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thought i was a donut, ya tried to glaze me



Gerald Sullivan started campaigning for 20-year incumbent Audrey Pfeffer's State Assembly seat months ago. His signs--those sharing space with McCain and Palin, and those simply showing his last name, in that "Country First" font--started sprouting up all over my town in September (no Rockawayite wants to focus on politics in the summer). His platform was based on his belief that Rockaway and it's surrounding parts in Southeast Queens needed a change in leadership.

I ran into Sullivan once as he campaigned outside of Waldbaums. He handed me his pamphlet, all red and white and blue with American pride, emblazoned with an eagle and his core beliefs. I'd heard he was campaigning up at church every Sunday, waiting for people as they walked out the door, telling them he'd get rid of abortion if they voted for him. A very ambitious claim, I'd say, specifically tailored towards those strict Catholics who vote on one issue: abortion. For the first time in a long time I regreted not going to church, just for the opportunity to ask how he intended to overturn a Supreme Court ruling. I would have loved to debate with him on the St. Francis steps, asking him the hard questions as my mother pulled me away.

In last week's Pointer, Breezy Point's local newspaper, Sullivan put out an ad that stated "Vote For One Of Us." And therein lies the belief of so many of my neighbors, from where I stand on the peninsula to the tiny western tip. For every race in this election, it wasn't about who was the better candidate--it was simply a matter of Us vs. Them. I'd seen it in all the "jokes", in photos printed out from e-mail forwards and tacked behind bars. Once the race for the White House really got going, people's real fears and beliefs started coming out. They believed anything they heard about Barack Obama as long as it was negative, refusing to think rationally or sensibly. It was simply White vs. Black, masked as concerns over higher taxes or his "terrorist" ties (only in Rockaway could "socialist" became another word for "black guy", as in "I can't vote for him, he's a socialist!"). I honestly didn't think Rockaway could be this bad. I actually thought better of it. The people I've seen and heard from have changed that for me, and have made me even more certain of what fear and hate-mongering can do to people.

And now let me say this: I am 2nd and 3rd generation American, the granddaughter and great-granddaughter of immigrants from Ireland and Italy. My Grandma Honie left County Louth at 17 to come to a country she only saw in pictures. She landed the day after Charles Lindburgh made his cross-Atlantic flight and always thought his trip overshadowed her own, certain hers was more important. Years after the Know-Nothing Party and "Irish Need Not Apply" signs sprout up all over New York City, she still had one thing standing in her way of getting a job and starting her life--her Irish brogue. So she ditched it. And just like that, she became an American. She worked with Germans and Poles and Italians and learned how to cook, and raised her family in what is now the most diverse place in the entire world. I often think what it meant for her to have to change the way she spoke. Was she thankful that it was all she had to do to blend in a little better? Thankful that, unlike some people who are seen as outsiders based on skin color, all it took was to change the way she spoke? I'm sure the people who live around me have similiar stories from their family tree, and this is what strikes me: how quickly they forget the way Americans have treated each other since this land became official. How quickly they can undermine the hard work and dedication of somebody just because he's black, and how they can write somebody off based solely on that. Maybe they didn't see what I saw on Election Night, once I heard while working at the AP of the states Obama had won--first Virginia, then Oregon, then OH MY GOD HE DID IT. Yes, we did it. We made history, we broke down barriers, we finally fulfilled the claims made by our Founding Fathers. We made good on promises to everyone who came here from someplace else, no matter how long ago. We showed the world we're actually as good as we say, something that seemed empty in the past eight years. I may not feel it as much as some, but still, it's there, at the core of what I believe: this is America the Great, America the Beautiful, America the Land of Opportunity. My Grandmother was right when she said her trip was more important than Lindburgh's. It continues to be more important now, in the days since we've elected Barack Obama.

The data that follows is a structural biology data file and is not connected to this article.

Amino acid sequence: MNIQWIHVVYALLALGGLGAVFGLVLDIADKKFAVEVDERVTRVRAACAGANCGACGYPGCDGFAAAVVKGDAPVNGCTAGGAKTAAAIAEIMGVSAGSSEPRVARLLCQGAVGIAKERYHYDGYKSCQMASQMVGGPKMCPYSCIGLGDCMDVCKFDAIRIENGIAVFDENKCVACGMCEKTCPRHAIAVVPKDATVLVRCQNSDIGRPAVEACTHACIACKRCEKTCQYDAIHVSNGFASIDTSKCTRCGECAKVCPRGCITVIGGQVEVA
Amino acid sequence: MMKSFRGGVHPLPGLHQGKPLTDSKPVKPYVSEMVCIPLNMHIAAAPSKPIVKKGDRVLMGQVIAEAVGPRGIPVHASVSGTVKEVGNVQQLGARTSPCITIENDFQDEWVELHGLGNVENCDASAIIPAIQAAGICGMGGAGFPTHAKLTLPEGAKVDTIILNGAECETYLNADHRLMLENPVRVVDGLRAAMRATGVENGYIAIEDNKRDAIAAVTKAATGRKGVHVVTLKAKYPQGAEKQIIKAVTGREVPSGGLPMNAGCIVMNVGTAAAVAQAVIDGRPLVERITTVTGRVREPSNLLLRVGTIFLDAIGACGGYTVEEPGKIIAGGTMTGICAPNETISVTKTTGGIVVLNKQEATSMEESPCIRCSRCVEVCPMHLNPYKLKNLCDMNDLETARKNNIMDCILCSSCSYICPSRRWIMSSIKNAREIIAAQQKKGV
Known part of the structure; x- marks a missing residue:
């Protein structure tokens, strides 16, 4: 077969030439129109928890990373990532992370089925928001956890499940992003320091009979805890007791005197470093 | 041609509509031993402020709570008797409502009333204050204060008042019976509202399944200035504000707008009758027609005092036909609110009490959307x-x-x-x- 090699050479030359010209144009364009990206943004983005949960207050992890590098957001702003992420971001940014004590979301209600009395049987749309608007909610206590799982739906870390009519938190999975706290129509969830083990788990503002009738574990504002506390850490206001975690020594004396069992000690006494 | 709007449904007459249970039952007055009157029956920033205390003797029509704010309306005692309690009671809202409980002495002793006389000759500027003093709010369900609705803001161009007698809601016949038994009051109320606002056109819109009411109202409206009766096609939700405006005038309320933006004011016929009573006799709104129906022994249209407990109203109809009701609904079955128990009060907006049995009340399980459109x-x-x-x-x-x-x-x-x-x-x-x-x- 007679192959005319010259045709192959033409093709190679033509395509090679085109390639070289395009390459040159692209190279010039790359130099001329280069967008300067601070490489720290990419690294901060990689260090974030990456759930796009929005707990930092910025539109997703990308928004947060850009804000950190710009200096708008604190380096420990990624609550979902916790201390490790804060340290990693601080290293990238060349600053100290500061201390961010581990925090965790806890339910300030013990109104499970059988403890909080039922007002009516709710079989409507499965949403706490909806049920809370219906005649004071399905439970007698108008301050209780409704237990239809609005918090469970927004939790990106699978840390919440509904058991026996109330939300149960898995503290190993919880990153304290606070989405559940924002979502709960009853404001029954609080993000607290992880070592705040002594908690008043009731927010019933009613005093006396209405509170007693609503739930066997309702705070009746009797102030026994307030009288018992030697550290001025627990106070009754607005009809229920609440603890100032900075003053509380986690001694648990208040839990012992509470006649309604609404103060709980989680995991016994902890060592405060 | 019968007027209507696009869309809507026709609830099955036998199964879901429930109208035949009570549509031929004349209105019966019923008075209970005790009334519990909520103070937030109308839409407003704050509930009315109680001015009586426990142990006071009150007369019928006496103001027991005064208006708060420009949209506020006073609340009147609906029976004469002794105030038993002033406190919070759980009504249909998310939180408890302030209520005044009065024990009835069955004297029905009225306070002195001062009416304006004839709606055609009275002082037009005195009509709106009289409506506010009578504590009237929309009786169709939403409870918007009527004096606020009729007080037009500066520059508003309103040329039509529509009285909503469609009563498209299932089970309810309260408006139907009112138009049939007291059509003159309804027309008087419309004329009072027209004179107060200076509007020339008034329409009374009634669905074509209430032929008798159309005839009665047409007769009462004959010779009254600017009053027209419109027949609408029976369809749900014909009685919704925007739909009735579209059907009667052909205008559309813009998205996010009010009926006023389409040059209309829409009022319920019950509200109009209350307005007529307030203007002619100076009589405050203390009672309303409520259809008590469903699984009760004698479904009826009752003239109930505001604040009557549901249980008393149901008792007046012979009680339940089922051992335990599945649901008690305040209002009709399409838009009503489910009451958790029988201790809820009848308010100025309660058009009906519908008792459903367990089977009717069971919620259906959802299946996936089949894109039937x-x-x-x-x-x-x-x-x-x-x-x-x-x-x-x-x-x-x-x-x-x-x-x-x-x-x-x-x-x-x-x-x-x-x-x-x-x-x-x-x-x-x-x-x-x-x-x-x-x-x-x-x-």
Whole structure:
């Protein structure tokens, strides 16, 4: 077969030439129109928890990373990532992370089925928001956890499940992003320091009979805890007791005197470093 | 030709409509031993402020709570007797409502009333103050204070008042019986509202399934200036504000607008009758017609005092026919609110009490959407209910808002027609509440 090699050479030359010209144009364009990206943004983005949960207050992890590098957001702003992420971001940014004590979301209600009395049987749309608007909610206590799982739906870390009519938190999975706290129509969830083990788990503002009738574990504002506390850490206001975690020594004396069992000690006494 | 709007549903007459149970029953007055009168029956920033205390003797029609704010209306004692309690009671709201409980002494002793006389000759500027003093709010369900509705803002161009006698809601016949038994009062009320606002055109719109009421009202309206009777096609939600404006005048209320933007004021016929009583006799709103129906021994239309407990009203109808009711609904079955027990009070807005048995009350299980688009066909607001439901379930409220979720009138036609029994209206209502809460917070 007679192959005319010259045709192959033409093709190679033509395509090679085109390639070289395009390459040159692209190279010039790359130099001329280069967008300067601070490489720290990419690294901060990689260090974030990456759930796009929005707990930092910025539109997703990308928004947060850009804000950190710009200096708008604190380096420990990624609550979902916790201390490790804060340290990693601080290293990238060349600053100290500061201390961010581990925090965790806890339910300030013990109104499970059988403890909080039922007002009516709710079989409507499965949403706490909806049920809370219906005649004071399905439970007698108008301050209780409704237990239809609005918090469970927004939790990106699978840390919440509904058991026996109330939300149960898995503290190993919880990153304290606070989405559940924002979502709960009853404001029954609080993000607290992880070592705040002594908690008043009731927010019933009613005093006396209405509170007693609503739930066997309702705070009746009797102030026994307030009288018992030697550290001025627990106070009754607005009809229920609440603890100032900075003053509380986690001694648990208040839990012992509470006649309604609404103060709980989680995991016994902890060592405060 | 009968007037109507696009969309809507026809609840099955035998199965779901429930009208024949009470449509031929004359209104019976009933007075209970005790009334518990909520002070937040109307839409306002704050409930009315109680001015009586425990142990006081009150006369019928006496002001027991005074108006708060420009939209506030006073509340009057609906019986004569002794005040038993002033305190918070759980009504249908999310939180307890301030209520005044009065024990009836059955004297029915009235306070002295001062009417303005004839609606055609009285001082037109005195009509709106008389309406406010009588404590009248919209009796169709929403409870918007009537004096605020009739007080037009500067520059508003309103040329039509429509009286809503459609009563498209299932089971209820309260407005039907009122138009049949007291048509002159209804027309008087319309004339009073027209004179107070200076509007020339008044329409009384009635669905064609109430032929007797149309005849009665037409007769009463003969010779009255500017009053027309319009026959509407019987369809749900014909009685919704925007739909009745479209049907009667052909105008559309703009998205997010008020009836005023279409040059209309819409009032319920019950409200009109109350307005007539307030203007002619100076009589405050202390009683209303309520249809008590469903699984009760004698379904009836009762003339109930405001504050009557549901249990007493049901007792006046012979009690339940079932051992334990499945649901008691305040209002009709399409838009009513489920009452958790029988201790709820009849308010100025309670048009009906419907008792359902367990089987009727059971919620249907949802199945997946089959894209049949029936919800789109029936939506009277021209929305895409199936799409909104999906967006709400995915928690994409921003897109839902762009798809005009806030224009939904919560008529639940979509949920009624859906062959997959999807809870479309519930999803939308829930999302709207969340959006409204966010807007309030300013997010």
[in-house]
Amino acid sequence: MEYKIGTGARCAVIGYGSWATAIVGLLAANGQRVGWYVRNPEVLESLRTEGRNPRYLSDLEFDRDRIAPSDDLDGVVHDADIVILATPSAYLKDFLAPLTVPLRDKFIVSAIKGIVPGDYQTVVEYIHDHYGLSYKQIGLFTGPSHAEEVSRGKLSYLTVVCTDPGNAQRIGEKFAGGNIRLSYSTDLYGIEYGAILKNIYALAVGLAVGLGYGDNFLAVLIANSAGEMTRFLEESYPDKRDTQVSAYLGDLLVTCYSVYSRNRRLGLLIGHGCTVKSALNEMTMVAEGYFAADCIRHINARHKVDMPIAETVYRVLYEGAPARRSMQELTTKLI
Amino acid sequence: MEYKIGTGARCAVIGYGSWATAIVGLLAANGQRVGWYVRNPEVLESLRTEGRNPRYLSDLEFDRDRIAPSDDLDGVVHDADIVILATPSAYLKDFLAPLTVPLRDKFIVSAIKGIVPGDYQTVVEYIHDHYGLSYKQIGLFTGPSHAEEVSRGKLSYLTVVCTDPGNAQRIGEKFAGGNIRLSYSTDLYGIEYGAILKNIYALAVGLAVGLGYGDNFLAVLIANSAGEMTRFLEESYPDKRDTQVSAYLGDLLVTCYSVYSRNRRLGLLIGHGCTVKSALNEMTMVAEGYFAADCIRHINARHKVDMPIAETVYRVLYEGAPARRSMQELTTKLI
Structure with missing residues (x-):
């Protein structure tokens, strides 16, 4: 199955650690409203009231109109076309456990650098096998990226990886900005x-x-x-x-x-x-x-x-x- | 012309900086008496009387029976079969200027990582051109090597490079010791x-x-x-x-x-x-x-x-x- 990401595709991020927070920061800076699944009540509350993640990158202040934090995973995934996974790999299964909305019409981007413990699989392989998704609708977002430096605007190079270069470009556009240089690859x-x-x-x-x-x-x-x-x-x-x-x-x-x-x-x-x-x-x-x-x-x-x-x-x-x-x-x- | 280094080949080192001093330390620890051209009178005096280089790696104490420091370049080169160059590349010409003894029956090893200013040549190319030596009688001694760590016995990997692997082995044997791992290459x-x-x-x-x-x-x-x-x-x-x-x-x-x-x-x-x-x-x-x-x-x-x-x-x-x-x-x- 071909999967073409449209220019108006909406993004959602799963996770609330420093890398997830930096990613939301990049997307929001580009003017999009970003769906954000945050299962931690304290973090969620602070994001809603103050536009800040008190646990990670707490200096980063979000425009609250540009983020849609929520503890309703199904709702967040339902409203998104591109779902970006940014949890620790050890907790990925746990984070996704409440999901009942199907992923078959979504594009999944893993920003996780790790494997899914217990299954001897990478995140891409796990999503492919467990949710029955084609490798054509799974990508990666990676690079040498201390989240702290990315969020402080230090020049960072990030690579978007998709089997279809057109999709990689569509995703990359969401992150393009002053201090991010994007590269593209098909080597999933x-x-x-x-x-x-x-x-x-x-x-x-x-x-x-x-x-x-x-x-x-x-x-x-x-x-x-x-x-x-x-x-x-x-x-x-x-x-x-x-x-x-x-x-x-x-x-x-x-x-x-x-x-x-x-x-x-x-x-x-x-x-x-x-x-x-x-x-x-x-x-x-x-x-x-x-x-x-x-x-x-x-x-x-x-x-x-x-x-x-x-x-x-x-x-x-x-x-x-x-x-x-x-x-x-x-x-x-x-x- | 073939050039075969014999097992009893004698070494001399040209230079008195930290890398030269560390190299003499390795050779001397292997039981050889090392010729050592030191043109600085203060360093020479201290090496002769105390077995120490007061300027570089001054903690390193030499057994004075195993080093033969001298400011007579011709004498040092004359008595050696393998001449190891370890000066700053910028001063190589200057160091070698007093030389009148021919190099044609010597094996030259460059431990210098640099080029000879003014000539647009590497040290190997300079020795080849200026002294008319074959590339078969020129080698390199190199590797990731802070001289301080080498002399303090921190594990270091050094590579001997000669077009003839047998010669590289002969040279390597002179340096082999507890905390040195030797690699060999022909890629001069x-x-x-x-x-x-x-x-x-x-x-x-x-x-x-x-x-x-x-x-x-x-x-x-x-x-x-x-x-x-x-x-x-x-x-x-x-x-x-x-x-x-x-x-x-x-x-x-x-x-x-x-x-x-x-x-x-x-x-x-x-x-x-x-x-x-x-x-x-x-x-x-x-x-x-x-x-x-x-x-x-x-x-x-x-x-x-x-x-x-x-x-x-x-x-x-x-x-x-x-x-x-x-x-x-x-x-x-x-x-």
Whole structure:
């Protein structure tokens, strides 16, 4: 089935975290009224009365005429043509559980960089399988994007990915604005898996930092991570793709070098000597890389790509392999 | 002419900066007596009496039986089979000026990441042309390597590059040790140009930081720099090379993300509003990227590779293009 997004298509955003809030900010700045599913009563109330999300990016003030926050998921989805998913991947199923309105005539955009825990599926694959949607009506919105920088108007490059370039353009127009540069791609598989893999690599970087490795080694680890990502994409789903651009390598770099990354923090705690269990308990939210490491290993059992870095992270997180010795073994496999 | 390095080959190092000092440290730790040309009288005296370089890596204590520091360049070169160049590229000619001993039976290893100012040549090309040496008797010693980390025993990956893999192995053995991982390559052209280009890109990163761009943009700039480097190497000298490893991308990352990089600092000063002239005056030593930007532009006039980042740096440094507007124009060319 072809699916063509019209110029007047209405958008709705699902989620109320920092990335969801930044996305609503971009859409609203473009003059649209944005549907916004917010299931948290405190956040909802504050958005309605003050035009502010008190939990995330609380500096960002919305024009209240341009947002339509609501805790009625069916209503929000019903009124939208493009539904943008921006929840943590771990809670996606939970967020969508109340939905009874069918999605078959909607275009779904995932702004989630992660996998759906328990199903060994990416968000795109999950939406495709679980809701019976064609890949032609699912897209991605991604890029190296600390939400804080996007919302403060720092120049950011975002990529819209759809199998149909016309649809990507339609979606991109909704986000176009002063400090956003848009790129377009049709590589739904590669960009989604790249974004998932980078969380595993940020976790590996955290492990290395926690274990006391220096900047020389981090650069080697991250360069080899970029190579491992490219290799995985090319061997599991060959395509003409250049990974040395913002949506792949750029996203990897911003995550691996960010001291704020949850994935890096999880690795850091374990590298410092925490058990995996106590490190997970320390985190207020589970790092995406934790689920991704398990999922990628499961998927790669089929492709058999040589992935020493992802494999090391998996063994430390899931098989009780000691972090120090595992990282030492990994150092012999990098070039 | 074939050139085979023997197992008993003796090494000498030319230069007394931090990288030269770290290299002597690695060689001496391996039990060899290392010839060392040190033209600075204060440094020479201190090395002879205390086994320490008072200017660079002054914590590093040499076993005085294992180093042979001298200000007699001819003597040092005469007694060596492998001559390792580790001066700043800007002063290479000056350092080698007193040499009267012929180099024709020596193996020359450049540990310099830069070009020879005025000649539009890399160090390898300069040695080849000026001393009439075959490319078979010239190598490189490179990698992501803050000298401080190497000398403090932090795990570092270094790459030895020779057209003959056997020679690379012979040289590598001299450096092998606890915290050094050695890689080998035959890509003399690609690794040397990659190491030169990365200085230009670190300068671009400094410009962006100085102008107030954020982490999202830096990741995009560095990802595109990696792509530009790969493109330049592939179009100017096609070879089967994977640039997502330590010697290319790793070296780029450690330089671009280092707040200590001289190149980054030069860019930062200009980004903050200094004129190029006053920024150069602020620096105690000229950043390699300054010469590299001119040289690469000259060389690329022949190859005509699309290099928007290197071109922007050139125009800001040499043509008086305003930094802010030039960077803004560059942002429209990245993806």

Many people came here seeking two things: hope and change. Here you go. I'm happy that I was a part of it, and only wish my neighbors could feel the same.

[note: Gerald Sullivan lost 67%-33%]

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I wonder if my writing has even improved?